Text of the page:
And so this week we’re continuing to broaden the scope and look at disruption just in the world today, right? Disruption as the new normal. You think back five years or so, and just the difference it is between then and now. And we were just talking about all the different things that are struggles and disruptions from supply chain to meds disruption. +
And the thing that you said, too, and I fully agree with you on this, is how it’s really hard for us, those of us with ADHD, to have this awareness that we will often just in the words of a client I just spoke to, is we will diminish disruptions. We will downplay disruptions. So this is this whole understand, own, translate thing is that as we’re going along, for some reason it’s really hard for us to see disruptions to do the yours, mine, ours thing. Right. What’s in my control and what’s not in my control, and take ownership of that and then pivot to translating or creating change. So that’s what we’re gonna do today. We’re gonna talk about what’s going on in the world, people.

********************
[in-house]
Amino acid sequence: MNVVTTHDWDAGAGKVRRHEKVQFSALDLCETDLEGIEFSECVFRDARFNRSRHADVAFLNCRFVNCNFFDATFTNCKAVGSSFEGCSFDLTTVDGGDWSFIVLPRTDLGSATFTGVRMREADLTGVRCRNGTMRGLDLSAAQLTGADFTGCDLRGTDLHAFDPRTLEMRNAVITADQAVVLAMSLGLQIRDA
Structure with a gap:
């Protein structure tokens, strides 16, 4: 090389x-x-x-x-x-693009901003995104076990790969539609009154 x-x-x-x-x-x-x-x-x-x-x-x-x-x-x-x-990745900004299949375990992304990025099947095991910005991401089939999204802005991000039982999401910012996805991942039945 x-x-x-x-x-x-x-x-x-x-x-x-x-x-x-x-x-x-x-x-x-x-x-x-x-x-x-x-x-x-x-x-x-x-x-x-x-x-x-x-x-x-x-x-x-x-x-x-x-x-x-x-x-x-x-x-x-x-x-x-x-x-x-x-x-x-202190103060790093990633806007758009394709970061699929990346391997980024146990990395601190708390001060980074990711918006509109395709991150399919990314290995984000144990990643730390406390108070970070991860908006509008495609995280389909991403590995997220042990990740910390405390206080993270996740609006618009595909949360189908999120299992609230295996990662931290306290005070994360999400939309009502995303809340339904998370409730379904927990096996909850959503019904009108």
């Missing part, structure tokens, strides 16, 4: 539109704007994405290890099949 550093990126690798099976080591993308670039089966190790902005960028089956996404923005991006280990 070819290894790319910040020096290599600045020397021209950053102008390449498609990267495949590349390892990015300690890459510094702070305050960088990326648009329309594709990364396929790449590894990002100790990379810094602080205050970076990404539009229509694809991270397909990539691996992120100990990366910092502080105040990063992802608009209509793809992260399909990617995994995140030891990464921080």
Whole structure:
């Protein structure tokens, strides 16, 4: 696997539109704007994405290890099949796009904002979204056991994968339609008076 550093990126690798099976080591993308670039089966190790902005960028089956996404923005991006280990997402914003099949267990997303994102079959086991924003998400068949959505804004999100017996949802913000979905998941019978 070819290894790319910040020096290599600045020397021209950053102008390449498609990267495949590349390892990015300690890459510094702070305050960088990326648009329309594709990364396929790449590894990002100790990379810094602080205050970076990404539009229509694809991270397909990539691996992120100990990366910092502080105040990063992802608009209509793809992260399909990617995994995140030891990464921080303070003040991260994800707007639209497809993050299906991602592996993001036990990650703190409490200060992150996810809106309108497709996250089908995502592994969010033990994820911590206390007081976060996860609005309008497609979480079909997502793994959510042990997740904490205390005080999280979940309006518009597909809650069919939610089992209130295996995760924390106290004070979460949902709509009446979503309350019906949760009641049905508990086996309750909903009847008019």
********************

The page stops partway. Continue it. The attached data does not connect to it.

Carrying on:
Take stock and step back and just consider: You think about a five year snapshot. Where were you in 2018 and where you are now, and how has disruption come into play? Right. We can go out to the existential element of, again, as you said, social and political tension in the world. There’s Ukraine, there’s drought in Africa and Sudan, civil war. And then on state-side here is, again, the challenges that we face. And it just seems like it’s a daily constant occurrence.
So then, listeners, what is the opportunity there? What can we do about this, given that disruption is a part of the new normal?
Ash: Cam, I have lots of thoughts about what you just said, but first I have to ask, what in the hell is a J barrier? I have never heard that term before.
Cam: Yeah, you’re a product of the Midwest.
Ash: I am. True.
Cam: Yeah. Jersey barrier – they’re the barriers that are concrete. They’re about three feet tall. They’re wide at the base, and they’re used to divide lanes on a major highway. They’re temporary. I believe they’re called Jersey barriers or Jersey barricades because they’re synonymous with the experience of driving on the New Jersey Turnpike.